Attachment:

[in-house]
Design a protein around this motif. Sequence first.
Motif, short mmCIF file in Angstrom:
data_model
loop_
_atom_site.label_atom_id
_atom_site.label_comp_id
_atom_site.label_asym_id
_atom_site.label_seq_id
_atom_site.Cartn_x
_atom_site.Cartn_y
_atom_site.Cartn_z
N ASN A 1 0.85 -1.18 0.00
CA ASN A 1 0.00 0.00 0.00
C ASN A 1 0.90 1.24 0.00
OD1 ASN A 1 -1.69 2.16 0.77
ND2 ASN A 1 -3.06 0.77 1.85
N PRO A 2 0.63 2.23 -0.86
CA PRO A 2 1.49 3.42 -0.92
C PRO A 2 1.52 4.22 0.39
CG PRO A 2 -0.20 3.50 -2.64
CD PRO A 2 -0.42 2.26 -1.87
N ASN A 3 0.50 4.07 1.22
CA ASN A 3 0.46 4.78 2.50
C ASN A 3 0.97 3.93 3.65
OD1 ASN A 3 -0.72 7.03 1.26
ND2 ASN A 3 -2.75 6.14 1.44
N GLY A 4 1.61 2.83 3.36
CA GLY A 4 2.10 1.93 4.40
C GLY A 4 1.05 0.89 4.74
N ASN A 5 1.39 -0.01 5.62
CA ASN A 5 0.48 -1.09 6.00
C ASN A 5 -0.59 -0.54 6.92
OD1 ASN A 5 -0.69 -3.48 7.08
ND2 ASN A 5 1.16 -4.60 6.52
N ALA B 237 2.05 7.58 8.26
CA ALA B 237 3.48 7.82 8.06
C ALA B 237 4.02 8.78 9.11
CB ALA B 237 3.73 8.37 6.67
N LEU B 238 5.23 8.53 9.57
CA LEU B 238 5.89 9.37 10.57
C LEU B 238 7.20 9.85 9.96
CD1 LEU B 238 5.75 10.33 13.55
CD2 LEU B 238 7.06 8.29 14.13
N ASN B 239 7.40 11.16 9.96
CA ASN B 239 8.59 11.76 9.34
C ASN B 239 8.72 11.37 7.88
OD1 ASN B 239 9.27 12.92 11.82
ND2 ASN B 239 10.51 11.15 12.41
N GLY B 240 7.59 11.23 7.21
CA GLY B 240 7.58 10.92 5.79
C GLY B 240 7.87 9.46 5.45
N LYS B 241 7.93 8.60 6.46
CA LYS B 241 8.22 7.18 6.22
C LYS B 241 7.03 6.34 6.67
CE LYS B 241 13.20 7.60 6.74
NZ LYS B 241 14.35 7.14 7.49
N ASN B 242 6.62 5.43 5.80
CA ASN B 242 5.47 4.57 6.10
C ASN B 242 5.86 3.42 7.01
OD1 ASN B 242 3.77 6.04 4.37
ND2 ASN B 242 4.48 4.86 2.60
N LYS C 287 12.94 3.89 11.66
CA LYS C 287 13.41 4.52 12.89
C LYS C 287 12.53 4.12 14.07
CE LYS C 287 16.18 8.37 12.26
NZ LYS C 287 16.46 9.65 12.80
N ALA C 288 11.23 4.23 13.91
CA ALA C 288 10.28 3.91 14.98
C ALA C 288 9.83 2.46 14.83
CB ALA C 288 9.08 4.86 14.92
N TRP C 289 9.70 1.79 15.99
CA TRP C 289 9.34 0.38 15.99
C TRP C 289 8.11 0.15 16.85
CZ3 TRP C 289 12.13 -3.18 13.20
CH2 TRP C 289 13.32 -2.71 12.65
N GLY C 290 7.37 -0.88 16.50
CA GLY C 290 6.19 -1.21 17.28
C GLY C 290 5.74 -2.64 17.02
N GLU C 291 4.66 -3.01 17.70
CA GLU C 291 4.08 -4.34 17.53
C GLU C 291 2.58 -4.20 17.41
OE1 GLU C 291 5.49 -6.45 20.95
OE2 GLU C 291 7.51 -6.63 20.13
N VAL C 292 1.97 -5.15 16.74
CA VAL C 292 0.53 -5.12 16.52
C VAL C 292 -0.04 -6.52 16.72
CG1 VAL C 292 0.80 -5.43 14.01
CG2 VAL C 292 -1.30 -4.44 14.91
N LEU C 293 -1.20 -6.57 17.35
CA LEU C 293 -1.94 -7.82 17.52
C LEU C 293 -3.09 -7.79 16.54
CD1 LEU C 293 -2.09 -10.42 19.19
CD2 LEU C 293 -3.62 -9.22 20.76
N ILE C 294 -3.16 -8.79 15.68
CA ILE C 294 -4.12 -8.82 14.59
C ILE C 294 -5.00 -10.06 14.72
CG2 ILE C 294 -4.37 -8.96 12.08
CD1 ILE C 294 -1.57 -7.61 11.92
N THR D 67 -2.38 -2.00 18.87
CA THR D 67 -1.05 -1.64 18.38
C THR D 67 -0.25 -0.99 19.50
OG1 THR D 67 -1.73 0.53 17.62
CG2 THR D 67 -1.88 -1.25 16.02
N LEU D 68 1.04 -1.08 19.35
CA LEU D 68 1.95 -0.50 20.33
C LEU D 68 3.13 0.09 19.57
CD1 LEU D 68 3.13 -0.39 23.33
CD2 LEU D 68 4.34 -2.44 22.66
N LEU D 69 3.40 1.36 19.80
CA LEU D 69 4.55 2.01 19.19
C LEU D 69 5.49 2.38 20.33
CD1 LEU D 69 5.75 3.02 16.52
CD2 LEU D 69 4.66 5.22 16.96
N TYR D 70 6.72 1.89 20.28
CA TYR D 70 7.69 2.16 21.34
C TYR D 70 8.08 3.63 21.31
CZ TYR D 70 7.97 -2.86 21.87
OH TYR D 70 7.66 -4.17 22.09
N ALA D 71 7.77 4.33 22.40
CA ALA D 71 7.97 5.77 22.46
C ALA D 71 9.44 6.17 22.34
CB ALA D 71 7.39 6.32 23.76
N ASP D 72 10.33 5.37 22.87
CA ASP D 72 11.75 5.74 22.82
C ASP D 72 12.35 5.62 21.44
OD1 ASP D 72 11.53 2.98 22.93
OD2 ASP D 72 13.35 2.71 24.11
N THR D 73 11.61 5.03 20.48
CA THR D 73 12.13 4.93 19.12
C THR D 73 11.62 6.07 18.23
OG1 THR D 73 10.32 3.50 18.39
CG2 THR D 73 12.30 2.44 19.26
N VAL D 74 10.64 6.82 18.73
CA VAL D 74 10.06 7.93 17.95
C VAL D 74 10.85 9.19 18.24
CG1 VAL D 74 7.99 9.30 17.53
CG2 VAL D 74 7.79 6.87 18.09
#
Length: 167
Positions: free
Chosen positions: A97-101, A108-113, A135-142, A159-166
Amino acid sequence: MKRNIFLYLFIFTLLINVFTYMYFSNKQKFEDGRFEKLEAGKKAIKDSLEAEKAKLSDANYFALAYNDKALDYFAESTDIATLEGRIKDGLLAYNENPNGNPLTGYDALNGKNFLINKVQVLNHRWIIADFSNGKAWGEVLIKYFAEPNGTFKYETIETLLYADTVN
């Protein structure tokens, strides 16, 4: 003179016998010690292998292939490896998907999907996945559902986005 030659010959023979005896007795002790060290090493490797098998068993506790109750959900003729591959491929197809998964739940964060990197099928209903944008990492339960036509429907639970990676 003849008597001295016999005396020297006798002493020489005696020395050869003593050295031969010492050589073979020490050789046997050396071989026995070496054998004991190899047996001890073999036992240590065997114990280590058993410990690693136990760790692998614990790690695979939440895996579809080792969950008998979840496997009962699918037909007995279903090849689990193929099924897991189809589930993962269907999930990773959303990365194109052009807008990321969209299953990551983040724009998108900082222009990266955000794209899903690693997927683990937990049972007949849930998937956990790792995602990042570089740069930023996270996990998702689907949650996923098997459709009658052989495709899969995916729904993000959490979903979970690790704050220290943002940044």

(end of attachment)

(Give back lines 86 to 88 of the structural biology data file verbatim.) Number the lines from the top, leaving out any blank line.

CA VAL C 292 0.53 -5.12 16.52
C VAL C 292 -0.04 -6.52 16.72
CG1 VAL C 292 0.80 -5.43 14.01